Background and Definition
Vectorial Boolean Functions play an essential role in the design of cryptographic algorithms, and as such should be resistant to various types of cryptanalytic attacks. The notion of nonlinearity is introduced by Nyberg  in order to measure the resistance of vectorial Boolean functions to Matsui's linear attack . This attack attempts to approximate the function used in an encryption algorithm by a linear function (which, in turn, is easy to analyze), and is, therefore, applicable when the actual functions used in the encryption algorithm is "close" to linear in some sense. A natural measure of distance between two functions, 𝐹 and 𝐺, is the Hamming distance, i.e. the metric
Formally, the nonlinearity 𝑛𝑙(𝐹) of an (𝑛,𝑚)-function 𝐹 is the minimum distance between any component function of 𝐹 and any affine Boolean function. In other words,
Nonlinearity remains invariant under CCZ-equivalence (and, therefore, under extended affine and affine equivalence as well). If 𝐹 is (𝑛,𝑛)-permutation, then 𝐹 and 𝐹-1 have the same nonlinearity.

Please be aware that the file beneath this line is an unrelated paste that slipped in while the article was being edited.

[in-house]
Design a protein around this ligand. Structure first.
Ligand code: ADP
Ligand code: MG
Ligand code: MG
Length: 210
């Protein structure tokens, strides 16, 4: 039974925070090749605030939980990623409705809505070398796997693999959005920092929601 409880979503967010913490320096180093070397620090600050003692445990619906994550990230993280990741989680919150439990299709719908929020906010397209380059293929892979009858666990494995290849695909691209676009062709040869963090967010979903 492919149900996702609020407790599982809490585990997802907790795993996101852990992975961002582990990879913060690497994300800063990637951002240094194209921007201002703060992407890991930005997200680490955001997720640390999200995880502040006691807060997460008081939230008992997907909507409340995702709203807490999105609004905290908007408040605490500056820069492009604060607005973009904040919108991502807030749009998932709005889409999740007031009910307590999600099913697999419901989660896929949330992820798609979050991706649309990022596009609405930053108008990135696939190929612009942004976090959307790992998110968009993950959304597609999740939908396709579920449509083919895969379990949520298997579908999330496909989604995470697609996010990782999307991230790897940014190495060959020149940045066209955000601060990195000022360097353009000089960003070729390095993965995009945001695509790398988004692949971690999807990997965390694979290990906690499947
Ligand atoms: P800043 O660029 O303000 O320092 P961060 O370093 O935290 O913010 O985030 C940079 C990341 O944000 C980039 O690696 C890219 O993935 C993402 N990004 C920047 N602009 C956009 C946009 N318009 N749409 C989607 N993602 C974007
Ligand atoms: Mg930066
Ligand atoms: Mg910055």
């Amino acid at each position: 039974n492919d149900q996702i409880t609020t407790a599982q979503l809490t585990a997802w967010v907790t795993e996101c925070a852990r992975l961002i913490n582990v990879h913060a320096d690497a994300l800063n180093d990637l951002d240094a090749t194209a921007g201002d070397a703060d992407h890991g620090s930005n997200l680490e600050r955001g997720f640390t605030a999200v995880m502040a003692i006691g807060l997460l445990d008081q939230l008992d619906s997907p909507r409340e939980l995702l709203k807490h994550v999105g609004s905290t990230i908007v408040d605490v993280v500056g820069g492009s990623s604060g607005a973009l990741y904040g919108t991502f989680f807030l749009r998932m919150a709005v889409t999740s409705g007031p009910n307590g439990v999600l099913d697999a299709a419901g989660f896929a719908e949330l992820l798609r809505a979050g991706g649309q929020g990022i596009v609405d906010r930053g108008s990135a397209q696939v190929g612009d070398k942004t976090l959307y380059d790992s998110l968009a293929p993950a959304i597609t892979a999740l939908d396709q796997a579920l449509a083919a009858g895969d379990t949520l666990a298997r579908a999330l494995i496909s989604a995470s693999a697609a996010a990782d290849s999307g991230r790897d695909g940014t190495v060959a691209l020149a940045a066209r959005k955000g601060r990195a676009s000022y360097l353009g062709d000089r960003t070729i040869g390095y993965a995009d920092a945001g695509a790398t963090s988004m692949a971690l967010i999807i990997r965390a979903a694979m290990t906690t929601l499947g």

The nonlinearity of an (𝑛,𝑚)-function 𝐹 can be expressed in terms of its Walsh transform via the identity
There is a relation  between the maximal possible nonlinearity of vectorial Boolean functions and the possible parameters of certain linear codes. If 𝐶 is a linear [2𝑛,𝐾,𝐷] containing the Reed-Muller code 𝑅𝑀(1,𝑛) as a subcode, let (𝑏1, 𝑏2,…,𝑏𝐾) be a basis of 𝐶 completing a basis (𝑏1, 𝑏2,…,𝑏𝑛+1) of 𝑅𝑀(1,𝑛). Then the 𝑛-variable Boolean functions corresponding to the vectors 𝑏𝑛+2,…, 𝑏𝐾 are the coordinate functions of an (𝑛,𝐾-𝑛-1) functions with nonlinearity 𝐷. Conversely, given an (𝑛,𝑚)-function 𝐹 of nonlinearity 𝐷>0, the linear code obtained as the union of all cosets has parameters [2𝑛,𝑛+𝑚+1,𝐷].
Bounds on the Nonlinearity of Vectorial Boolean Functions
The covering radius bound for Boolean functions can naturally be extended to vectorial Boolean functions, stating
for any (𝑛,𝑚)-function 𝐹. Bent Functions are defined as those meeting this bound with equality.
The SCV bound coincides with the covering radius bound for 𝑚=𝑛-1, and is strictly sharper than the covering radius bound for 𝑚≥𝑛. For 𝑚>𝑛, the square root in the bound cannot be an integer, and thus the SCV bound can be, and is, tight only for 𝑚=𝑛. In this case (for 𝑚=𝑛), the bound becomes
This motivates the definition of Almost Bent Functions as those (𝑛,𝑛)-functions that meet the SCV bound with equality.
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